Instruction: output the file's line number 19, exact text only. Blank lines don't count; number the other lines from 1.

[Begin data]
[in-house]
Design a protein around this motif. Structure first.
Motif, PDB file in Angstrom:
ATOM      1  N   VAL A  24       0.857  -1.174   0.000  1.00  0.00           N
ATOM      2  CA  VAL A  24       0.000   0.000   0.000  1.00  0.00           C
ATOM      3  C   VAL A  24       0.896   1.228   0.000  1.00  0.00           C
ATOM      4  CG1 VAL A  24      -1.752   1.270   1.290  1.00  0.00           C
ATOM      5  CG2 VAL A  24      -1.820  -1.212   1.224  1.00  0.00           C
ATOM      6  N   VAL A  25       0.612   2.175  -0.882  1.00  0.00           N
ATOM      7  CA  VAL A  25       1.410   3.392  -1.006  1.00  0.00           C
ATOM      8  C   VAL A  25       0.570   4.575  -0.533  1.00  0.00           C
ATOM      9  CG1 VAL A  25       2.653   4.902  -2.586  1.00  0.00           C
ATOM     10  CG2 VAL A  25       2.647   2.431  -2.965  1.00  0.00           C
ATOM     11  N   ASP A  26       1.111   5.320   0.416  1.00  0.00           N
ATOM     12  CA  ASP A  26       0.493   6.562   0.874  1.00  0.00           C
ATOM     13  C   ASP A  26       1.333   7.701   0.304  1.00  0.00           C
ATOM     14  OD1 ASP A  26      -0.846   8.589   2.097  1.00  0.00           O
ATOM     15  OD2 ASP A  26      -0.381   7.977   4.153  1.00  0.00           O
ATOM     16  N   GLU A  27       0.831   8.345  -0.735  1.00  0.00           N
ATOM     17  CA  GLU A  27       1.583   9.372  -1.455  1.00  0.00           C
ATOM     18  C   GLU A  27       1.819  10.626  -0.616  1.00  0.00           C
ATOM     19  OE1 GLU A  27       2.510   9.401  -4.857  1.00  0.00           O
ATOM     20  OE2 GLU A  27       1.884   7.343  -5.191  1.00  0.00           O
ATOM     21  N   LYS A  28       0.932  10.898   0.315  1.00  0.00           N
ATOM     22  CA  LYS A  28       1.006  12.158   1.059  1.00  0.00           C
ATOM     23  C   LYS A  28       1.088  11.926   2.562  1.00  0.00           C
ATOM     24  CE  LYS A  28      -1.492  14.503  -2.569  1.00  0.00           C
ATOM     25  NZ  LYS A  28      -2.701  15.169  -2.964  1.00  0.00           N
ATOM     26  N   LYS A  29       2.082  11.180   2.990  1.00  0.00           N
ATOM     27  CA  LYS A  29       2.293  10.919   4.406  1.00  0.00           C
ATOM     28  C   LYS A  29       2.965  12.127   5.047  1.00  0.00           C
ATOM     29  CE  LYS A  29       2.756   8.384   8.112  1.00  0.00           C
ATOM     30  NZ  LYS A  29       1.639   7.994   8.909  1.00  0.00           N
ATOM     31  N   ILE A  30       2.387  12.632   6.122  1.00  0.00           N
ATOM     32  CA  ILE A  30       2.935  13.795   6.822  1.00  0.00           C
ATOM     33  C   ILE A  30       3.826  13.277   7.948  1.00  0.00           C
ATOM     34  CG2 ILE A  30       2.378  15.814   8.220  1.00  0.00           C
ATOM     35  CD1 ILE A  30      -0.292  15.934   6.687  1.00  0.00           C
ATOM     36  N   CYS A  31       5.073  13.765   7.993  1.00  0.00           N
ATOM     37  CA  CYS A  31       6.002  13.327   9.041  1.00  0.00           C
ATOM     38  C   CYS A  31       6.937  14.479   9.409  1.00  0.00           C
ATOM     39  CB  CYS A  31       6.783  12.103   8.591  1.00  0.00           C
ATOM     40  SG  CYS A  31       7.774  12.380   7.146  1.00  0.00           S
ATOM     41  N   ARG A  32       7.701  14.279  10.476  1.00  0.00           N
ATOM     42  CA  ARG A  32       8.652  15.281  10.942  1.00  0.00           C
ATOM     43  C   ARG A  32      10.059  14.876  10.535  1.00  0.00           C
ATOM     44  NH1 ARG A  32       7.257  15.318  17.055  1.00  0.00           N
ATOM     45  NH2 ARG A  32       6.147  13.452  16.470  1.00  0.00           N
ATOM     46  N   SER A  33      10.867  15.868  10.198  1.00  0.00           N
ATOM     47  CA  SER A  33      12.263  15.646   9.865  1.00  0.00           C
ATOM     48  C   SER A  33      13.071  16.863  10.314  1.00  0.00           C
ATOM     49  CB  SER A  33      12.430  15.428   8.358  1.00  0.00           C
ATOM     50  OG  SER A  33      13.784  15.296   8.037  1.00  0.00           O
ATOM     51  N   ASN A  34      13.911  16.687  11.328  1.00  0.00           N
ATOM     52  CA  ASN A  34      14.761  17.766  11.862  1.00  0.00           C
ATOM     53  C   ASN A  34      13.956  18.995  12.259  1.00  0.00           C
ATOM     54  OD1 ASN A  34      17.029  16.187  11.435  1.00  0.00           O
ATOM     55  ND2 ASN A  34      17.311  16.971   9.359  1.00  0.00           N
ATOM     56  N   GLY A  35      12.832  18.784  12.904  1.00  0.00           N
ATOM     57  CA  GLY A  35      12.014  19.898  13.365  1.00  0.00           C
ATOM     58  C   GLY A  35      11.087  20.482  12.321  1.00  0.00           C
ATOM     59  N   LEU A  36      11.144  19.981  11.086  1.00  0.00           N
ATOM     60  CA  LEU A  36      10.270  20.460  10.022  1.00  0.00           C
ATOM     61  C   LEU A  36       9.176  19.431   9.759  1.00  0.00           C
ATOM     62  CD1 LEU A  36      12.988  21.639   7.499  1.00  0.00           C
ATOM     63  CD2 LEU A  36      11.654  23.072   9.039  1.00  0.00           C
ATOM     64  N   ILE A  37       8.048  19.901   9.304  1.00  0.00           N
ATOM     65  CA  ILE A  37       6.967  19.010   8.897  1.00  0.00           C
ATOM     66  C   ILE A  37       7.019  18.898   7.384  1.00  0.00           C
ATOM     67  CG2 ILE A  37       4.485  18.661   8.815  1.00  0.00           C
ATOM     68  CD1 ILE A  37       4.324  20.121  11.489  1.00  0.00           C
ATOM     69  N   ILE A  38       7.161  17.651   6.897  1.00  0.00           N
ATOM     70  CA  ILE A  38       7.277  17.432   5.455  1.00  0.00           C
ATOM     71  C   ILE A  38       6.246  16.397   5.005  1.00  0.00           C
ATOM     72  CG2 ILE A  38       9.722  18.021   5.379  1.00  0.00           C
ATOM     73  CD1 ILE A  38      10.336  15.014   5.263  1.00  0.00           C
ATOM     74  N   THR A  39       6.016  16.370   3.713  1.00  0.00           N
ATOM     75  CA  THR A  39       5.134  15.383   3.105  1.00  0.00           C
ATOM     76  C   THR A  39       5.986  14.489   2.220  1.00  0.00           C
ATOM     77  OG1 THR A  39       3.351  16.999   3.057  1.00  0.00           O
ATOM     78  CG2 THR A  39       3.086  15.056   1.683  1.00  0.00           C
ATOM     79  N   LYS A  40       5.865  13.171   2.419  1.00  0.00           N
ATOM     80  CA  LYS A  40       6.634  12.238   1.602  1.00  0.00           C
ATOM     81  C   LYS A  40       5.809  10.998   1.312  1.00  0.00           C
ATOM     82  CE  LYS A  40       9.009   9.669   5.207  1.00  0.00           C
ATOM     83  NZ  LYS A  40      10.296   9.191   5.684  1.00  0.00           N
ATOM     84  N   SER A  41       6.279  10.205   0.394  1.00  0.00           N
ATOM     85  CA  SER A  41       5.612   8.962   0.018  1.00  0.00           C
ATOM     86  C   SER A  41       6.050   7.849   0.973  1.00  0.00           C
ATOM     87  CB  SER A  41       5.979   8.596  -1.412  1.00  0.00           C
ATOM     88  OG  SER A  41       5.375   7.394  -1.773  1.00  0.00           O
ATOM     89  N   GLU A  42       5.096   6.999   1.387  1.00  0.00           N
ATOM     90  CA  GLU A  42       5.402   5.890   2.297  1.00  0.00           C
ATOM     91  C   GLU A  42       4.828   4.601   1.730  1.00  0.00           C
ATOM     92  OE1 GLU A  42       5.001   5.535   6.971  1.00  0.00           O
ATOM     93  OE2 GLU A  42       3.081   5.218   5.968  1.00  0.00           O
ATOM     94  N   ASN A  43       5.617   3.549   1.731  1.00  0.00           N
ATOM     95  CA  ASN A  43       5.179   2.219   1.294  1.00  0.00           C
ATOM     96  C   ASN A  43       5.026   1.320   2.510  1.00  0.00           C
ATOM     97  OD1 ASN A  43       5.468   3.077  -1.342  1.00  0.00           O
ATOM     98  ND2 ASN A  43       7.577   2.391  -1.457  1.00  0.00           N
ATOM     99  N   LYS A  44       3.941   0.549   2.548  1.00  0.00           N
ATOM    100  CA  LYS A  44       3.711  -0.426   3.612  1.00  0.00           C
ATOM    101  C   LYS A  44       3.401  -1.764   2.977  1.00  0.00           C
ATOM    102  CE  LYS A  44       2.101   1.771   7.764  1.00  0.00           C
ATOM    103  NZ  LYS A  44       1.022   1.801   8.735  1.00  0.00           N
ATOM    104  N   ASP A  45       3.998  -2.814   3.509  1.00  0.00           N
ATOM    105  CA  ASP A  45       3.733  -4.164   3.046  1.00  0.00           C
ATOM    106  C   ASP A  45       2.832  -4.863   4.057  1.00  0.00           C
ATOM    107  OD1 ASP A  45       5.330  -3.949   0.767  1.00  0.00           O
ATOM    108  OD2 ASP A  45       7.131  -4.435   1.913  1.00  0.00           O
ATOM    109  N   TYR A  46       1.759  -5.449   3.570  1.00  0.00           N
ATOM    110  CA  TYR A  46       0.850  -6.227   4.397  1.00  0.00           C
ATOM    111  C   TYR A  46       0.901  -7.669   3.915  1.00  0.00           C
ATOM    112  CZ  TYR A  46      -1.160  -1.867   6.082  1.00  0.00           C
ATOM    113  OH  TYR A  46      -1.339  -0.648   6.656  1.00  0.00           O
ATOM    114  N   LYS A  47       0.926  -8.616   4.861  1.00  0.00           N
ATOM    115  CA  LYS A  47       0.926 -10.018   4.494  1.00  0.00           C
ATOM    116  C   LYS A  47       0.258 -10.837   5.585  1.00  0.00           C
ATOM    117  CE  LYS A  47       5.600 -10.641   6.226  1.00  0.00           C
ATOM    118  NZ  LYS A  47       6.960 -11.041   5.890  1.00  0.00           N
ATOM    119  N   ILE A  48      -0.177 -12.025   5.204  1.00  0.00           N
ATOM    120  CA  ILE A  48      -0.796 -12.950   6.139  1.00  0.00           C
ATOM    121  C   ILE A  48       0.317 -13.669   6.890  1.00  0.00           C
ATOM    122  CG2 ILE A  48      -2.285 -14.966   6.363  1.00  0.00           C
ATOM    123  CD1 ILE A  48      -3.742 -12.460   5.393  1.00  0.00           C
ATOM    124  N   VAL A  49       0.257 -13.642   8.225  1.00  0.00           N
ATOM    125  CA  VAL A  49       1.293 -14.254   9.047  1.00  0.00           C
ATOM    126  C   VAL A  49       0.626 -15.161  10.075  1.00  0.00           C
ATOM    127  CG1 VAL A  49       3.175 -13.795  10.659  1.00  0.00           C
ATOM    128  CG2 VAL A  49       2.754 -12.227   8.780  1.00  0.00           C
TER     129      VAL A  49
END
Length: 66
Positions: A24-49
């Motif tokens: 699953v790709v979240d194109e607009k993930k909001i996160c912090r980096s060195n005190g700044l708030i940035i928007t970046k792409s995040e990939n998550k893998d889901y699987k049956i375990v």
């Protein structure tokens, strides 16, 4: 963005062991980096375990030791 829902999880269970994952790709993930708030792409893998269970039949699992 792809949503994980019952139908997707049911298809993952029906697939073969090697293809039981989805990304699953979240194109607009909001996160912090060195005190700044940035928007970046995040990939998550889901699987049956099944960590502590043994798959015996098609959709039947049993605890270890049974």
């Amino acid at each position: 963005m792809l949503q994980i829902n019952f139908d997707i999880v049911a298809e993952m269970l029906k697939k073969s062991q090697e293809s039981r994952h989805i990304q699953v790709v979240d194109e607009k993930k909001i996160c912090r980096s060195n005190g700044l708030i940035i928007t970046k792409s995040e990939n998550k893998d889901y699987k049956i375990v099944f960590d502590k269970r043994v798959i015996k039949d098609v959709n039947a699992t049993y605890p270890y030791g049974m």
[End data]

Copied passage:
ATOM     16  N   GLU A  27       0.831   8.345  -0.735  1.00  0.00           N